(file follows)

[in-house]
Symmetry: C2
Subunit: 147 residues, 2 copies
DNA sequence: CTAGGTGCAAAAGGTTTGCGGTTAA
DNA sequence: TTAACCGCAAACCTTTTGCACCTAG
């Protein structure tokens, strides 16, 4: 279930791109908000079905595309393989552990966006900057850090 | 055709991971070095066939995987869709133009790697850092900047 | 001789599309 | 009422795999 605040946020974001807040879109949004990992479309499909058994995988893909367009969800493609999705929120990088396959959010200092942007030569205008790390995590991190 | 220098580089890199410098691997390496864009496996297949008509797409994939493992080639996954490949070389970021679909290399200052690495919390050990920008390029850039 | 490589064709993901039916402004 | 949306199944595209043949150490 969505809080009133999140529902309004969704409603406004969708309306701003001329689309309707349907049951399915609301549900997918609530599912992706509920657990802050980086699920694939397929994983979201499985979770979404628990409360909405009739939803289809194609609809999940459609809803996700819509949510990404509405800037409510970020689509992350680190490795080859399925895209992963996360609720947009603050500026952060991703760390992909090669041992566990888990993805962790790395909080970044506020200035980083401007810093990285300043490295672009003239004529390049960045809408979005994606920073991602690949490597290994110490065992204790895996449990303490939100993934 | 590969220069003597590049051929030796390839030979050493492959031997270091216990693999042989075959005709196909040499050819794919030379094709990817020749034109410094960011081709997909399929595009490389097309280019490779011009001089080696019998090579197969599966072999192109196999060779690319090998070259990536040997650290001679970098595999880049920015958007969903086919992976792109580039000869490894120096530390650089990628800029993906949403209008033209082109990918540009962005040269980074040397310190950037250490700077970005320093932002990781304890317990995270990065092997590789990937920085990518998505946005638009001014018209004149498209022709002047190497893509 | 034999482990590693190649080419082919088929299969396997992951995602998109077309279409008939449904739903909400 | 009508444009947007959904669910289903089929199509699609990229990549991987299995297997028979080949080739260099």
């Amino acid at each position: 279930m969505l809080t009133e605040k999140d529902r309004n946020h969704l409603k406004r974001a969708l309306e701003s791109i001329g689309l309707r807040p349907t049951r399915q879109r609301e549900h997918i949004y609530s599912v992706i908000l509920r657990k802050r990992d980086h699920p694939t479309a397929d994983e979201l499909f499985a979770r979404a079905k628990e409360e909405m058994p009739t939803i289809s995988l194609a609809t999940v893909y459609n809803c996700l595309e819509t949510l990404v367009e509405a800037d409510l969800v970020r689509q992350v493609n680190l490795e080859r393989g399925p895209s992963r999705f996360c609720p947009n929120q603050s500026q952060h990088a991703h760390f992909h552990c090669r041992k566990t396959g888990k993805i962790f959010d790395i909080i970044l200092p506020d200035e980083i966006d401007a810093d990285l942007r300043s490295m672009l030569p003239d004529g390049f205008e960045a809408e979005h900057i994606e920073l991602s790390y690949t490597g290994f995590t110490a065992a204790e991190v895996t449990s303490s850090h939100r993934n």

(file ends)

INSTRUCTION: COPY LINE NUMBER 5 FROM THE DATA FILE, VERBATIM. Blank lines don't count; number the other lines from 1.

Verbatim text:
DNA sequence: TTAACCGCAAACCTTTTGCACCTAG